Thursday, August 18, 2011

An Old Record

I've always wondered what it would be like to dream during surgery in which you had to be anesthetized. Would it be just like a regular dream? Would the sounds and dialogue in the operating room have some effect? Or would you be so knocked out that nothing even happens?
I guess it depends on how doped up you are....

So I guess I was really sedated last week.
I don't remember dreaming anything (although I woke up in the recovery room feeling like I did). It was the most relaxing sleep I'd ever had, not counting all the times I went into a coma-like state after staying up for days and nights during school. What's kind of weird is that I didn't feel like I slept. I was tired and groggy, but it felt more like I just blinked for a really long time.

After I went home, however, I lay on the couch and slept off the rest of the medication, dozing in and out all day. That's when things got interesting.
Mom and Anjel went off to buy some school stuff and I was left to rest in peace (not die). The only reason I was asleep at all was because of the remaining anesthesia, so I was as active in my thoughts as I would be on a regular afternoon.

The result?
My best friend, sleep paralysis!

I spoke with my sister that evening about my version of fever dreams:
I will be lying down on a bed or a couch, and I suddenly become very aware of what's around me. Astonishingly so; it's as if my senses are heightened. I don't move, I just stare at what's in front of me. And if it's a wall on the other side of the room, that's what I look at.
Maybe that's when I fall asleep. What I "dream of" is all of the details of that wall as if it was a mere two inches away from my nose. The texture becomes clear and elaborate. I look for patterns or pictures based on shadows, and I feel as if I can hear all that's going on around me.
At the same time, I am fully aware that I'm lying down on the other side of the room. I am completely calm and quiet on the outside, just staring...but in my head I think I'm screaming in the midst the humming of electricity. I feel myself moving slowly, but everything I perceive seems to be moving at a quick pace.
What the hell is that?? Sounds like a bad trip!

It's also what I experienced when I was all alone on the couch in the big living room.
Simultaneously with sleep paralysis (it was like a bonus).

I didn't have a fever at all. But I was having trouble with a few things in those couple of hours that afternoon. Just to name a few:
  • keeping my eyes open
  • being able to tell if they were really open at all or if I was dreaming (for all I know, they were wide open and my eyes were bulging out of my head while I was asleep trying to wake myself up)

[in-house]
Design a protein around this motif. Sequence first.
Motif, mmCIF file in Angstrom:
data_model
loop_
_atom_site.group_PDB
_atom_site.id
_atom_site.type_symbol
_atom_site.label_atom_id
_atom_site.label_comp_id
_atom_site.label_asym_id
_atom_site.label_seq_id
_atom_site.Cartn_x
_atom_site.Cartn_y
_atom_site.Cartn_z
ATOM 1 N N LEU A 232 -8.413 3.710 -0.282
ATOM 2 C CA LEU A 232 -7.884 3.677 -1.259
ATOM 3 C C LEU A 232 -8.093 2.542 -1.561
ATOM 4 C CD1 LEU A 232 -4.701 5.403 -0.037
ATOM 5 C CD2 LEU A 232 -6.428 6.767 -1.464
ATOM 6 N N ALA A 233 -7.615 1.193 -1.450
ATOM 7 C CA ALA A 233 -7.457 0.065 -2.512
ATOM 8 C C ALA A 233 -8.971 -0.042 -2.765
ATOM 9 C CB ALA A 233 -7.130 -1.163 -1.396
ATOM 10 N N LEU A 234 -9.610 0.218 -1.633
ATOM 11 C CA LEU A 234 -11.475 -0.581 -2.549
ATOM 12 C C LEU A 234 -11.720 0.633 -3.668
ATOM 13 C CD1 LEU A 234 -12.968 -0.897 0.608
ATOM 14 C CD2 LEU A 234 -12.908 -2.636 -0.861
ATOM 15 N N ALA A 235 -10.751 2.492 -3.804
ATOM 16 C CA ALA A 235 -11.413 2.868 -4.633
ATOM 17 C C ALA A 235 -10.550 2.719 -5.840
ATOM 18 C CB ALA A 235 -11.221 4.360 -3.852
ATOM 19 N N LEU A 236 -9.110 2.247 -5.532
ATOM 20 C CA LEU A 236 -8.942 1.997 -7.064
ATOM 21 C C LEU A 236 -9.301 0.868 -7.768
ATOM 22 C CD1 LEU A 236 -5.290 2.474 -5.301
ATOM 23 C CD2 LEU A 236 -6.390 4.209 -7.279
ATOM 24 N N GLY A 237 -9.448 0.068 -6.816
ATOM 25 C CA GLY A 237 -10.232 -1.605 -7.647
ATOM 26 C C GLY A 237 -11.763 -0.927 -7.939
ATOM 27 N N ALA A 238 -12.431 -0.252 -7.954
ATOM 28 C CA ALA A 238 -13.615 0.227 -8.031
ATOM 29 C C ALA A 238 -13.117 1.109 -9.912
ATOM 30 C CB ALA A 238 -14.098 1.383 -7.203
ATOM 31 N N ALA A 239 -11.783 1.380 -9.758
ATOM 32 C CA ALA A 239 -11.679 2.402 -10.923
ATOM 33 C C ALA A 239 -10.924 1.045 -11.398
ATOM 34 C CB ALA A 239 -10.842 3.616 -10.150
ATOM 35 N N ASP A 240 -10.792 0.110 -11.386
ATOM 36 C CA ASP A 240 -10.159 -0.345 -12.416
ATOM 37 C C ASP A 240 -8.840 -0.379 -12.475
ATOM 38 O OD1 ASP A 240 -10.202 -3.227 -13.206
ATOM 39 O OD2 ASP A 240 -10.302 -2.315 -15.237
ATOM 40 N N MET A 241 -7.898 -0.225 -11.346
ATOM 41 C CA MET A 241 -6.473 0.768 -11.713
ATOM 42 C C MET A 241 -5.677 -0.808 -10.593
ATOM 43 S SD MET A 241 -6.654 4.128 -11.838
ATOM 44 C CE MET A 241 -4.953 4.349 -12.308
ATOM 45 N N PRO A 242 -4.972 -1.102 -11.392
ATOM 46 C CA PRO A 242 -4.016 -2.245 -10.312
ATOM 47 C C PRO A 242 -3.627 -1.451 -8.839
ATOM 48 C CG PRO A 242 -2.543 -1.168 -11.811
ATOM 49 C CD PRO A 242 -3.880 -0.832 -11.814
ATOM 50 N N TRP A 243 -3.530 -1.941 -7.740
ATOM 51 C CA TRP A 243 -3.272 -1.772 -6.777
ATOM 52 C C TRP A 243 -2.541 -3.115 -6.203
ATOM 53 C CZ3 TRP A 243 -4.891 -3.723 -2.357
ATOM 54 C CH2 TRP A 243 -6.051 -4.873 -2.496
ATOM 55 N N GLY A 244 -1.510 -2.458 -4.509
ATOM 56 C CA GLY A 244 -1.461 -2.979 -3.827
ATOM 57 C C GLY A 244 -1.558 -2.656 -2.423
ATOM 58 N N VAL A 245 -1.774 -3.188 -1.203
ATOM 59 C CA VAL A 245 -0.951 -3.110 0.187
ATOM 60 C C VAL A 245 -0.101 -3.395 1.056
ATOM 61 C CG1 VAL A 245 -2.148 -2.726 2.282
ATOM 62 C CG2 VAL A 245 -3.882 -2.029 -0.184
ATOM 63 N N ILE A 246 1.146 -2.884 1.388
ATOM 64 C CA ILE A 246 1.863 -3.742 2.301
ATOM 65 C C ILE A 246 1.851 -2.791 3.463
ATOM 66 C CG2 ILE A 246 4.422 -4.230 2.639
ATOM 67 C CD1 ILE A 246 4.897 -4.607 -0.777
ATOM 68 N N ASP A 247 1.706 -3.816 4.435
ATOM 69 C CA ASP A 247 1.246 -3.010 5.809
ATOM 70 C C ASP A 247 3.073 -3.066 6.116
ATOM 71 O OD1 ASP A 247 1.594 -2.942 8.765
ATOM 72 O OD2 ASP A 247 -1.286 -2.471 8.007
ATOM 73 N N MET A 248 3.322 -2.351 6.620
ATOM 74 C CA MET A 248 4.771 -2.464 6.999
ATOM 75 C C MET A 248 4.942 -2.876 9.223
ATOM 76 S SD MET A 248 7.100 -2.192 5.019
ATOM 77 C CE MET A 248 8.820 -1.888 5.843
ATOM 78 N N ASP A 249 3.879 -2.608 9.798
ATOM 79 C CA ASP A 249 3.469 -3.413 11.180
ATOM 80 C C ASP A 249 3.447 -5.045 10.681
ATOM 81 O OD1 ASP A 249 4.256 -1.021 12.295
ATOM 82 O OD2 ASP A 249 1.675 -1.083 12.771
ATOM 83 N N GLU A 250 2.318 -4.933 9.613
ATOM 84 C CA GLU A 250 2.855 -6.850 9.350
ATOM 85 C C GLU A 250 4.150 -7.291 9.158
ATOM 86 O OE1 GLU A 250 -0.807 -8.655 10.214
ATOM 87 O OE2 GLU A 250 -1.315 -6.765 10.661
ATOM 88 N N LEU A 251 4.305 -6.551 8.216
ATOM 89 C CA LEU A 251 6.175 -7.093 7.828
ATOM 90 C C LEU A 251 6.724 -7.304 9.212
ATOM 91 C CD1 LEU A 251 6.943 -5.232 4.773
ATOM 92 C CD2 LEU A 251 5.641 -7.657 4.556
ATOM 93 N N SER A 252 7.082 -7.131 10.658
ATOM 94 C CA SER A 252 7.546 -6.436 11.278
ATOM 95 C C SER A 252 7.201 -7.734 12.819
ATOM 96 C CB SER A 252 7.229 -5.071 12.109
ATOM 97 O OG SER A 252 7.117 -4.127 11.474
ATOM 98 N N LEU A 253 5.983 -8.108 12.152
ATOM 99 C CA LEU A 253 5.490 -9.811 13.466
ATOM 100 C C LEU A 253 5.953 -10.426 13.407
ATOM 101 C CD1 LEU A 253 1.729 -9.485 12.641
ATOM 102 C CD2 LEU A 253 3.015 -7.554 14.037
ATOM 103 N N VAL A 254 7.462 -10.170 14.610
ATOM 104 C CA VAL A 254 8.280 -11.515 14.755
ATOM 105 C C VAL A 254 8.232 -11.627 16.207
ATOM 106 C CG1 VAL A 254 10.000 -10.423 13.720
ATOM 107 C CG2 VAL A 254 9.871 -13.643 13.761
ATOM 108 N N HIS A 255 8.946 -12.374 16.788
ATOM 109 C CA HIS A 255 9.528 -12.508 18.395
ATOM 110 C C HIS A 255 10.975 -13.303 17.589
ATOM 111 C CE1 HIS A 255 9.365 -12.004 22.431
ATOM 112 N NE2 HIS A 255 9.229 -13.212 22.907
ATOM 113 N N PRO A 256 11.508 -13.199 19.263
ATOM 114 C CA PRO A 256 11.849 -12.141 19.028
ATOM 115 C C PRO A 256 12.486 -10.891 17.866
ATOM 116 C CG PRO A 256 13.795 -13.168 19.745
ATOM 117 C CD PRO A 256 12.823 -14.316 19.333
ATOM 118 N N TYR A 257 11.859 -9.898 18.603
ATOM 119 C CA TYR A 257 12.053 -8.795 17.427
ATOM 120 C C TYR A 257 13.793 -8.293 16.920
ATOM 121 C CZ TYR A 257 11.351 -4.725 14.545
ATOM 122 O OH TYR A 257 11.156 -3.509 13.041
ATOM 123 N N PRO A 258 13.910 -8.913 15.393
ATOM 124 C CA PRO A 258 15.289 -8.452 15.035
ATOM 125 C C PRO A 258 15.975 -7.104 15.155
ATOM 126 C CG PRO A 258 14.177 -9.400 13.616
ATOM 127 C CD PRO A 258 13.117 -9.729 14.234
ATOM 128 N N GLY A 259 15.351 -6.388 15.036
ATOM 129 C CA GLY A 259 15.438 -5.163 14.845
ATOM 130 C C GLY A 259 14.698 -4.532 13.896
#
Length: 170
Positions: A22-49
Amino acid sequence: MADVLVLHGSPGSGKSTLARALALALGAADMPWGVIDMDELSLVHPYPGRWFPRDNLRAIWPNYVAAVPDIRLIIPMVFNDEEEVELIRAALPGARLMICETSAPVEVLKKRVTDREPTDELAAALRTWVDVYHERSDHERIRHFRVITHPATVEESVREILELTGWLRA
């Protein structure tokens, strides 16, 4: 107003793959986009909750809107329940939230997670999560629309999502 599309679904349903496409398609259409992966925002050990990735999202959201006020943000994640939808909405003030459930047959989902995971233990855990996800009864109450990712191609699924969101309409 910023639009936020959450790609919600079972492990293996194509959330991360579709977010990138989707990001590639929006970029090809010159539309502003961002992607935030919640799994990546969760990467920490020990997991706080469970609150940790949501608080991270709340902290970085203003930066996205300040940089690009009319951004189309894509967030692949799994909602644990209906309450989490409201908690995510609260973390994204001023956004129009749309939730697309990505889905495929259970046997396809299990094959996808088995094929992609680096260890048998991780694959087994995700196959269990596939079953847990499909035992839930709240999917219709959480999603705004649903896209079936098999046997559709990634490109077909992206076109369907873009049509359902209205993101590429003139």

• making sense of what I was hearing and seeing
  • identifying who was in my house (nobody)

I kept seeing Mom walking around, coming in and out of the living room,
sitting down and turning on the TV to listen to the news,
reading a magazine,
telling Anjel to start cooking something,
talking to me and asking how I was feeling.....
For the majority, I was aware when I was dreaming because I would try to move, only to find out that I could barely shift over. Also, I listened very, very, very carefully to what was being said on the news in the TV, what Mom was saying when she spoke, and what I was reading on the paper suddenly in my hands.

It was all gibberish.
The red paper said, "Stephn visit nice will Visit."
...Yeah, that's not right, I told myself.
Truth be told, I was pretty proud when I gained enough control to comprehend that it was incomprehensible.

The most confusing of those paralysis dreams was when I felt a breeze. Mom came over with a magazine and started fanning me with it, and I felt it on my face. There was nothing strange or different about it, it was just a breeze. Before then, I'd already told myself I was asleep. But when I felt that, I forgot what I thought and started wondering if I was awake.
I tried to pry my eyelids open to see Mom as she turned and walked out of the room. I couldn't open them more than halfway, but I could feel her footsteps vibrating throughout the room as she left. I saw enough to see her shadow go, which was reason to doubt. But I could never see more than that of anyone. Shadows. Figments.
Come back.... Are you here? Hello?...... Mom? ...............
"Mom?" I accidentally said out loud to an empty house. I was awake.

Similar episodes played, repeated themselves, and mixed with each other until I gave up trying to decide which was real and which was fake. I just went with it. Before long, they were back home from running errands.

It led me to thinking:
What was it that made it possible for me to tell the difference? One of the easy answers was the quality of sound.
The sounds in my head were clearer.
How absurd of me to suggest that there's a clearer sound than reality.

But if you think about the fact that the laws of science don't necessarily have to apply to the imagination, and that sound doesn't travel in my head because it doesn't go anywhere to begin with..... then it makes some sense that voices seem just a little bit sharper when I'm sleeping.

Life is muffled. It's as if you've been watching everything in HD for a long time and then went back to a regular television screen. The quality's fine, but once you know a better version, you can pinpoint the needed fine-tuning.
The sound quality of being awake is like that of an old record player.
Actually, that's the impression I'm faced with for a split-second when I wake up to the sound of air. I forget it because I don't say it or even fully think it. But that's the best way I can put it into words.
And I've had a dream of an old record playing. Even that was clearer than a real one.

But old records sound beautiful with all their imperfections and weathering.

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